Storm rainfall can be a nightmare for municipalities with combined sewer systems, causing water accumulation in unwanted areas, overflows along streets, and localized flooding. Such was the case for the City of Atlanta in the early 2000s. The city struggled to accommodate unpredictable pressure during storm events, which often caused combined sewer overflows in and around the Fourth Ward neighborhood.

While the city was initially planning to fix the sewer capacity problem by laying more pipe via a tunnel extension of the sewer system, concerned citizens petitioned the city to investigate another idea that would transform the blighted industrial lowland into an urban green space and public park with built-in storm water control features. In 2008, this creative solution was made possible through the collaborative efforts of Atlanta BeltLine, Inc.; Atlanta’s Department of Watershed Management; and Atlanta’s Department of Parks and Recreation.

Tyler Young, a writer for Municipal Water Leader, spoke with Robby Bryant, planning and landscape architecture discipline leader for HDR, Inc., about how engineering and architecture came together to create a new park that is not only an important part of Atlanta’s water infrastructure, but is also an aesthetically pleasing and popular gathering space for the community.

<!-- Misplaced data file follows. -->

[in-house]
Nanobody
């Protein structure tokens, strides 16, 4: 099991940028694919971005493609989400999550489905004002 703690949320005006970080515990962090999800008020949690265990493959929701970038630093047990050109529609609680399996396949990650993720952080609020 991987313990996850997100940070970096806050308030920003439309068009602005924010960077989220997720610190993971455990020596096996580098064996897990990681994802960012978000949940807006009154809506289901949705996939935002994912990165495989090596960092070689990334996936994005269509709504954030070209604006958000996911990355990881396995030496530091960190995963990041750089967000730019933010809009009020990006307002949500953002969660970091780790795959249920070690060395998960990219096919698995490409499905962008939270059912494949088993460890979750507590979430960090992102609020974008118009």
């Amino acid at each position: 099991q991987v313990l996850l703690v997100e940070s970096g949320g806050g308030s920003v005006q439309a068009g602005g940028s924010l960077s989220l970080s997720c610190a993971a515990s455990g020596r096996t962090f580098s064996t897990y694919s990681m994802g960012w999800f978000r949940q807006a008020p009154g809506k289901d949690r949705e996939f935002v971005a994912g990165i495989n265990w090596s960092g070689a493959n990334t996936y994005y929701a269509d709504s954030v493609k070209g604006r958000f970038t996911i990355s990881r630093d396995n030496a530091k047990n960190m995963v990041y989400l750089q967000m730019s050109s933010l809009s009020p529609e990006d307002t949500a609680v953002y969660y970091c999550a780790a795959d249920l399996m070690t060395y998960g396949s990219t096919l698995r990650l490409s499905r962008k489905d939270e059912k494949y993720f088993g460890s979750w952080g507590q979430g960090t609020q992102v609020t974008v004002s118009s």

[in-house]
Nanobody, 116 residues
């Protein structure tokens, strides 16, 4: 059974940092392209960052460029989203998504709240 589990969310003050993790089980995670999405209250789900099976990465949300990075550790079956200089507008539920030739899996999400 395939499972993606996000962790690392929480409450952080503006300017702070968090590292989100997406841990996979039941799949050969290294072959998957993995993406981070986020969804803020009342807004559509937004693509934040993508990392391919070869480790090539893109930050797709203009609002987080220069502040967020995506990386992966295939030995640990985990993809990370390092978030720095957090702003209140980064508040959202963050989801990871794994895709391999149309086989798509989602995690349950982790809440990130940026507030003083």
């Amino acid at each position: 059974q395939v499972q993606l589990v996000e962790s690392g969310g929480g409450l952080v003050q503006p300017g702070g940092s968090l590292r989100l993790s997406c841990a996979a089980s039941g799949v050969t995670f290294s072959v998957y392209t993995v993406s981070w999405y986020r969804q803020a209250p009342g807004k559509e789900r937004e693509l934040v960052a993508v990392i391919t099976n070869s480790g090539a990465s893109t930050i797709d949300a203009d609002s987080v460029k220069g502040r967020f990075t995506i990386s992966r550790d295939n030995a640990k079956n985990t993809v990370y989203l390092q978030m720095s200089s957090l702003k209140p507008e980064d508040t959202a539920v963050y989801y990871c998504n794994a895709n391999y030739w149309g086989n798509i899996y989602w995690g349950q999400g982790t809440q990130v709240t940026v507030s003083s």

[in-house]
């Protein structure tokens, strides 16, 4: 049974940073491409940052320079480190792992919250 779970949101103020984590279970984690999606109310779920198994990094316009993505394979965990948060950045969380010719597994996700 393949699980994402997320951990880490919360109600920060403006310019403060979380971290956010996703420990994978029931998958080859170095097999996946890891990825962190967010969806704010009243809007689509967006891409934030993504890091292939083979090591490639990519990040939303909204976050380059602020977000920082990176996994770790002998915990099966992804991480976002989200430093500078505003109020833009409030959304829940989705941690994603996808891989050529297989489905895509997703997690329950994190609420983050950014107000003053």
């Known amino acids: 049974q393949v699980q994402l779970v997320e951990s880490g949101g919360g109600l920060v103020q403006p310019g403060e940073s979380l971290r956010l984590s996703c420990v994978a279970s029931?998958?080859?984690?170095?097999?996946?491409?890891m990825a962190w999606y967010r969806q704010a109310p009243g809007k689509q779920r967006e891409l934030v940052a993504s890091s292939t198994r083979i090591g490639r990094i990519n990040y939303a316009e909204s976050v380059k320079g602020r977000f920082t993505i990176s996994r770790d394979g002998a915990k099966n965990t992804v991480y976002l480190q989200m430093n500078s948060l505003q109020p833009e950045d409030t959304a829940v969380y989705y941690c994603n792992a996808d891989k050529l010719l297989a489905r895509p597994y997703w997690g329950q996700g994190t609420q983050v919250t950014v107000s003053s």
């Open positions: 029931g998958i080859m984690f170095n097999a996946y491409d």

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Tyler Young: Could you please tell our readers about the Historic Fourth Ward Park project?

Robby Bryant: In the early 2000s, the city of Atlanta, like other cities, was exploring solutions to help address combined sewer overflows. One way to accomplish this was to increase capacity within the sewer system by building underground tunnels to accommodate storm flows—that was the original plan for the Fourth Ward neighborhood, and it was estimated at $40 million. Another solution was to reduce demand on the system by capturing and containing storm runoff during peak events. This idea was embraced by the community. Soon after, planning efforts were underway to develop a storm water pond (providing capacity relief for the sewer system) within a park that would also be a muchneeded amenity for the neighborhood.

Next, the City of Atlanta’s Department of Watershed Management (DWM) developed an important partnership with Atlanta BeltLine, Inc. (ABI). ABI was already planning to build a destination park near this location. Working together, DWM was able to meet the goal of capacity relief and ABI was able to expedite the development of one of its first signature parks.

In 2007, HDR was selected to design the first phase of Historic Fourth Ward Park, which included a retention pond that would capture storm water runoff and would also be the centerpiece of a new BeltLine park.